How does Georgia diversify its gas market?
When asked about how the new legislation will make the Georgian market more attractive, Andrius Šimkus, an Energy Community gas expert and author of Georgia’s new Draft Energy Law, says that a possible tool might be a ‘gas release programme’. This would mean that some, or – if the Georgian authorities decide so – all gas imported to the country may have to be sold on the gas exchange. ‘This means importers will not be allowed to serve final customers but will be required to offer the gas for sale on the gas exchange,’ explains Šimkus.
Yet another element to it, Šimkus says, is the so-called unbundling, or separation, of market players. ‘It means that Socar will not be able to have the same company for distribution and for supply. It will have to split, to ensure independence of the distributor from any commercial interests of supply, and to guarantee that each potential supplier can access the distribution system,’ says Šimkus.
Where should Georgia look for its gas?
Teimuraz Gochitashvili thinks that in the near future, Georgia’s key gas providers will remain Azerbaijan and Russia, given that there are ‘no technological nor commercial preconditions to receive gas from other sources’.
On the other hand, he says theoretically, there is a chance that Georgia could get its gas from Turkmenistan – and that might become more likely if the Trans-Caspian Gas Pipeline is built. The Trans-Caspian Gas Pipeline is a proposed subsea pipeline between Turkmenistan and Azerbaijan. ‘If Azerbaijan and Turkmenistan agree on the pipeline, then Georgia’s chance to receive gas from Turkmenistan becomes quite real,’ says Gochitashvili.
How will new legislation affect gas prices?
It is not yet certain whether the new legislation may initially increase gas prices. After all, one of the purposes of the EU4Energy reforms is to establish market conditions for energy supply.
Irakli Galdava explains how the new regulations approach the determination of gas prices for a vulnerable population.
He says that in the transitional period, it is possible that the prices for the population and small commercial actors would be regulated to ensure energy security and for other reasons, but that the need for this must be supported with evidence.
‘We do not expect big fluctuations. It’s very early to talk about whether the prices will increase or not. The commission will determine single prices for all consumers and then the government will have to decide which segment it is going to help out,’ says Galdava.
He says that the government should not subsidise gas for all customers, but probably for those who are in need.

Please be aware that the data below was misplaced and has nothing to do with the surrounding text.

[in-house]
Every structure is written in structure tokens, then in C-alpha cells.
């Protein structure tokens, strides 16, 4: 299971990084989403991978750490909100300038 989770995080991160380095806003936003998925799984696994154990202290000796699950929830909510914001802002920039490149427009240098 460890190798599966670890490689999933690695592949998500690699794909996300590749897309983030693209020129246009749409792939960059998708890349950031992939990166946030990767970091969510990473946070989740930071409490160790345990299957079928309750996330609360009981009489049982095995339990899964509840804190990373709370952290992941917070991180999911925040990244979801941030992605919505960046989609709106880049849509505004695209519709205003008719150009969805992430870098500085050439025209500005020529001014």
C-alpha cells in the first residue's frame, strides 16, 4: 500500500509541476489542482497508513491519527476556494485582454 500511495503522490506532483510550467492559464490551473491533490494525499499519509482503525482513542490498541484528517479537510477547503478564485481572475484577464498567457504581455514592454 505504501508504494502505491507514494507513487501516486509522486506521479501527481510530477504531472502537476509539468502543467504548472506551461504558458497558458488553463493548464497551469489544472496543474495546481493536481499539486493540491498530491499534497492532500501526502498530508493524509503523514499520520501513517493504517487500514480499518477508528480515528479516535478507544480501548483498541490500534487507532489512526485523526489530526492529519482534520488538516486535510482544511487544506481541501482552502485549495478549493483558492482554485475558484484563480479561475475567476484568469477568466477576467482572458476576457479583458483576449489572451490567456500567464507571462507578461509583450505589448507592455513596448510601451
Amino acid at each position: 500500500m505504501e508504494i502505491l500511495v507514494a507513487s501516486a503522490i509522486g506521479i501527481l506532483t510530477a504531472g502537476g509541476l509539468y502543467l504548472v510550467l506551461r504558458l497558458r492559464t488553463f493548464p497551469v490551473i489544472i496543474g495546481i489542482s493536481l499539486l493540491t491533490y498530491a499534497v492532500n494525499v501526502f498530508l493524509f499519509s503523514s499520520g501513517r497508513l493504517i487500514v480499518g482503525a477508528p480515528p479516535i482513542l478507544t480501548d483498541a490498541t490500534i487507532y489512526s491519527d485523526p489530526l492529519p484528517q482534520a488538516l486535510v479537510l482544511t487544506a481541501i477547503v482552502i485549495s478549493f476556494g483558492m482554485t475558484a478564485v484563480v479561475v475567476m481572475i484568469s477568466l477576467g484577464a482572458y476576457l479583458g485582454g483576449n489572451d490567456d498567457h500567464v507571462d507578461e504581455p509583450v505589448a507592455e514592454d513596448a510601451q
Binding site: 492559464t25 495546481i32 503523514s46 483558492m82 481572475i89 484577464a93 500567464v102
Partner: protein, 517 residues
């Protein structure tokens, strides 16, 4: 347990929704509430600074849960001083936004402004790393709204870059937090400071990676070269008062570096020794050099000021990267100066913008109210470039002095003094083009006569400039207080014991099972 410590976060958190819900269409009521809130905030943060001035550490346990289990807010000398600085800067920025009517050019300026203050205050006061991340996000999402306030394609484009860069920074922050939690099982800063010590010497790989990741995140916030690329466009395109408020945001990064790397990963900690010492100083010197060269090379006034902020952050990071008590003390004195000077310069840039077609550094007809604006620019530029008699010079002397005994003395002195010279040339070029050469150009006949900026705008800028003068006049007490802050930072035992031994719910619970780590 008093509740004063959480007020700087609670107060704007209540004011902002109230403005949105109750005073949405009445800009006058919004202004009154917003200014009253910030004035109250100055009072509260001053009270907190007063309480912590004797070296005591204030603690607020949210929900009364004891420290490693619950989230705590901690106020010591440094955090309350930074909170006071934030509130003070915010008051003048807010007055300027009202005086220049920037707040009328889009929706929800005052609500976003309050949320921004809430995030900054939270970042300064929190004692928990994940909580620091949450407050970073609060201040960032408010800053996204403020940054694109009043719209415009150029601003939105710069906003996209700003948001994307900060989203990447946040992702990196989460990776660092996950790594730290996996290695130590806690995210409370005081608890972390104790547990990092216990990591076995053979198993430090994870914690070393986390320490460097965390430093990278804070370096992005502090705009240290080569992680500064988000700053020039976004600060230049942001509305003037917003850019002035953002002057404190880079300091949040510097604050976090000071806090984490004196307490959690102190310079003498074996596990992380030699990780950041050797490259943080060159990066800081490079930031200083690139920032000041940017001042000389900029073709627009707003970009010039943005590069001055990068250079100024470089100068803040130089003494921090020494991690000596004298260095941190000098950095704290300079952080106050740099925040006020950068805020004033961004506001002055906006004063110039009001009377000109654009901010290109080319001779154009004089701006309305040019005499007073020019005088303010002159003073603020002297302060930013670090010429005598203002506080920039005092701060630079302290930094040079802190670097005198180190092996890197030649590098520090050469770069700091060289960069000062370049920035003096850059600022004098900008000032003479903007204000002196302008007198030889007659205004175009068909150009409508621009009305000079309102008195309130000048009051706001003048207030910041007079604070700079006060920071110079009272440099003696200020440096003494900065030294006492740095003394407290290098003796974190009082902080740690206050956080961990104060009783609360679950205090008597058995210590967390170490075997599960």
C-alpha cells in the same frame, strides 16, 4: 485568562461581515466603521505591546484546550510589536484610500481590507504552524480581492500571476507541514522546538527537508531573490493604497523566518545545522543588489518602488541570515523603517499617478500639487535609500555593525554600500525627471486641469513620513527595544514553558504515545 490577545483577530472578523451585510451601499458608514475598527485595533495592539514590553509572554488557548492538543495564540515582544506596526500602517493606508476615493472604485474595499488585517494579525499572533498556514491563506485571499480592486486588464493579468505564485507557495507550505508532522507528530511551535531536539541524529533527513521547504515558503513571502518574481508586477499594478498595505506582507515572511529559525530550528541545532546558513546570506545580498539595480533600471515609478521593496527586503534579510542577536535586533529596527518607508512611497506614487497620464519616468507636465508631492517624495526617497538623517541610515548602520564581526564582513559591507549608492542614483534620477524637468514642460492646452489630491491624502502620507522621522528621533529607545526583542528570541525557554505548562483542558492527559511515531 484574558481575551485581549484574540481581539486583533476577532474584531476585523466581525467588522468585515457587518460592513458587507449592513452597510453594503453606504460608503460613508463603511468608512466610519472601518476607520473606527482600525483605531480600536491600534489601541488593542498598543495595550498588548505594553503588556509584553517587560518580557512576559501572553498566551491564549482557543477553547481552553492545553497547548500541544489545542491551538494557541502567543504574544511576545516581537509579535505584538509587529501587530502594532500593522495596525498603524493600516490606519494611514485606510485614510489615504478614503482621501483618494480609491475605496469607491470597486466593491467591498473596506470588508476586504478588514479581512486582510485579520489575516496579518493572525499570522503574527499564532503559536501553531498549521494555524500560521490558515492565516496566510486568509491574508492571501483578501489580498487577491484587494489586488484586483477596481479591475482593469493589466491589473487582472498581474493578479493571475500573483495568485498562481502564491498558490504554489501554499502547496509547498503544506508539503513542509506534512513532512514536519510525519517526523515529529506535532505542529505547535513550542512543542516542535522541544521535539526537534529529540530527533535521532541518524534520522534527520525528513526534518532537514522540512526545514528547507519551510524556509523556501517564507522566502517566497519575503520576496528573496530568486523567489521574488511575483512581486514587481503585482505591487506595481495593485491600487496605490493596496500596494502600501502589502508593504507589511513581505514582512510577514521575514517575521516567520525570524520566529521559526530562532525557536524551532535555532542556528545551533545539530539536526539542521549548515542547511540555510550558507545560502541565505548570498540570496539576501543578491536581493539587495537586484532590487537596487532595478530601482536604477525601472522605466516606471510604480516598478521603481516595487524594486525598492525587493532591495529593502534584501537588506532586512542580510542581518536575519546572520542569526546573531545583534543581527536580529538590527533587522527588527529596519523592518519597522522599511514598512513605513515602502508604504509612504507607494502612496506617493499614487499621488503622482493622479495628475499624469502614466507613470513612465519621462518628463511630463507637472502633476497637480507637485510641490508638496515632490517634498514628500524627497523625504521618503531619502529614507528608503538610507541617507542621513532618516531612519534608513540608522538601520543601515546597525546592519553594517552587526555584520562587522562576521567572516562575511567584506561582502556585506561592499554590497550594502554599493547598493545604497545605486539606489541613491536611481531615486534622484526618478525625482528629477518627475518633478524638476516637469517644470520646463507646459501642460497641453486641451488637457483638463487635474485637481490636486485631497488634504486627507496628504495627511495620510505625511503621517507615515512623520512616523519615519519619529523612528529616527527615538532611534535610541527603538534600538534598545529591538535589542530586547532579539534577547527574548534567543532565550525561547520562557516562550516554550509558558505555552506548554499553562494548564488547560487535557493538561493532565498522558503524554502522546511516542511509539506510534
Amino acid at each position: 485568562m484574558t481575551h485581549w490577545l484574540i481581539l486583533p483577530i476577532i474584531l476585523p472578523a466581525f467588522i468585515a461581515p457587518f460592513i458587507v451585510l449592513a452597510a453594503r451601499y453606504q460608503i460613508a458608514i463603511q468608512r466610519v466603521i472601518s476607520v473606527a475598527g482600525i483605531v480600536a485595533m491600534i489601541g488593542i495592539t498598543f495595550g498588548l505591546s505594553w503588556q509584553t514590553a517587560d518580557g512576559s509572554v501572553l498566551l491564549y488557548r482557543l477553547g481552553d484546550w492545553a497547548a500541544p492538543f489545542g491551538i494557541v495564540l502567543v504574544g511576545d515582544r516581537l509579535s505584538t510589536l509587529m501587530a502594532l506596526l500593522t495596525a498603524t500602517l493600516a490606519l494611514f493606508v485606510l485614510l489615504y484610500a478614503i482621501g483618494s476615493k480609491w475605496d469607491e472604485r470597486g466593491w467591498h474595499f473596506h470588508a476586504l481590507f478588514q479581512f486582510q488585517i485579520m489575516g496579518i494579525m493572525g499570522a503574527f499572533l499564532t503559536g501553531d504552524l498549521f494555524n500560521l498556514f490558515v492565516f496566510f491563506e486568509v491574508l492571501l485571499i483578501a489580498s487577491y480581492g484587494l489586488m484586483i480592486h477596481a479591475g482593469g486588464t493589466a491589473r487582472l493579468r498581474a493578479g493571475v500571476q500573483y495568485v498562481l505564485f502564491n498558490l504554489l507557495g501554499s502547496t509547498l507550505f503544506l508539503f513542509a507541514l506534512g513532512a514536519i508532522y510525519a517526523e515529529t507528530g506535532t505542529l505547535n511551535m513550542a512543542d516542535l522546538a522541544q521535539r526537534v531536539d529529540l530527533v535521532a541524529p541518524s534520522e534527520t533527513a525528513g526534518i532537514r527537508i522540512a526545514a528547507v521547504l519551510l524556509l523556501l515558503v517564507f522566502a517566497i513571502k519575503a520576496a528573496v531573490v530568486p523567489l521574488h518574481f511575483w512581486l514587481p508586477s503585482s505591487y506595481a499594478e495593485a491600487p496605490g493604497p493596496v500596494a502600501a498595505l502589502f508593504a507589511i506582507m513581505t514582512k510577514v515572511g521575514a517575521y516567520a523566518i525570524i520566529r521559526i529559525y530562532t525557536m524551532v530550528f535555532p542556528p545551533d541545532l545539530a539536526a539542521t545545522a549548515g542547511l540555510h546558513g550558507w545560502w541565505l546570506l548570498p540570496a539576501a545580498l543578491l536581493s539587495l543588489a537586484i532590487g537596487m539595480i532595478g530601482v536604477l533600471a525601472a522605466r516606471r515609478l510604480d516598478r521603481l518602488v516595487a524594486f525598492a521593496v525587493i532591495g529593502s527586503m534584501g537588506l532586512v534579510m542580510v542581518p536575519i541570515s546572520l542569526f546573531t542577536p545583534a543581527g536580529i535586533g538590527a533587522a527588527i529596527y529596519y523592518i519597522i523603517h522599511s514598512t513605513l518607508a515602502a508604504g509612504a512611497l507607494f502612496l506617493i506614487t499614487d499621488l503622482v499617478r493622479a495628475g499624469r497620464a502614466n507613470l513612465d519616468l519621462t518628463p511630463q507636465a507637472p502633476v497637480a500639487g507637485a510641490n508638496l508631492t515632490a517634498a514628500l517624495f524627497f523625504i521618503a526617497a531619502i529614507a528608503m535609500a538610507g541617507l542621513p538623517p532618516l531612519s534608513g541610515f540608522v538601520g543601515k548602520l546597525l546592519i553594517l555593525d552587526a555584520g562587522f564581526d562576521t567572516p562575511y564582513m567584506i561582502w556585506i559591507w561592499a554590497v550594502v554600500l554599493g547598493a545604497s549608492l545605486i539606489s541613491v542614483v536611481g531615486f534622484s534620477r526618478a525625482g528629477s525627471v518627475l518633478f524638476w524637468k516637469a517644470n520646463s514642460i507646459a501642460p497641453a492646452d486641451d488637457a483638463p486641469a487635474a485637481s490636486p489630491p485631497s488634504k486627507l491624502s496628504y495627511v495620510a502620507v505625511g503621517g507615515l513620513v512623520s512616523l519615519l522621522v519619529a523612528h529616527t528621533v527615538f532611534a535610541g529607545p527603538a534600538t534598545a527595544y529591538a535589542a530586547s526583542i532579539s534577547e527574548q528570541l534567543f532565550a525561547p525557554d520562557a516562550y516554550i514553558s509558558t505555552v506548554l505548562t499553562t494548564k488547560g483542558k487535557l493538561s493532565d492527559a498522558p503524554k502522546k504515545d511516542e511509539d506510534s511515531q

Andrius Šimkus says that to address the issue, some temporary derogations from internal market rules are possible, but only if justified as being truly necessary, proportionate and non-discriminatory.
For that, a mechanism of public service obligations is envisaged by EU law, which obliges gas companies to provide a service of general interest to vulnerable customers. This could provide a transitory solution for Georgia. ‘This is possible and this is one of the significant steps towards eventually opening the natural gas market,’ says Šimkus.
Predrag Grujičić says that Georgia’s current approach to subsidising makes the country and its investments suffer. ‘Maybe you are consuming gas inefficiently? Maybe the wrong people get subsidised and the right people don’t receive the support they need?’ says Grujičić.
Peter Pozsgai says that the focus of the assessment should be the societal benefit of the market opening.
‘We speak about tariffs and market opening, but what people see is their bills and their retail prices. The government has wide scope to make these prices, higher or lower at retail level by adding or removing taxes and levies. If you have very low prices, somebody else is paying for this. If the population has cheap gas, another sector such as industry is probably paying the high prices. The focus of the assessment should be the societal benefit of the market opening,’ says Pozsgai.
The assistance offered in this regard by the EU and the Energy Community under the EU4Energy Government Project will help Georgia to establish a well-functioning gas market with clear rules and regulations that ensure both competition and legal certainty. With such rules and regulations in place, consumers, businesses and industry can expect not only lower energy bills, but also improved reliability and safety of energy supply and improved quality of service.
Author: Dato Perulava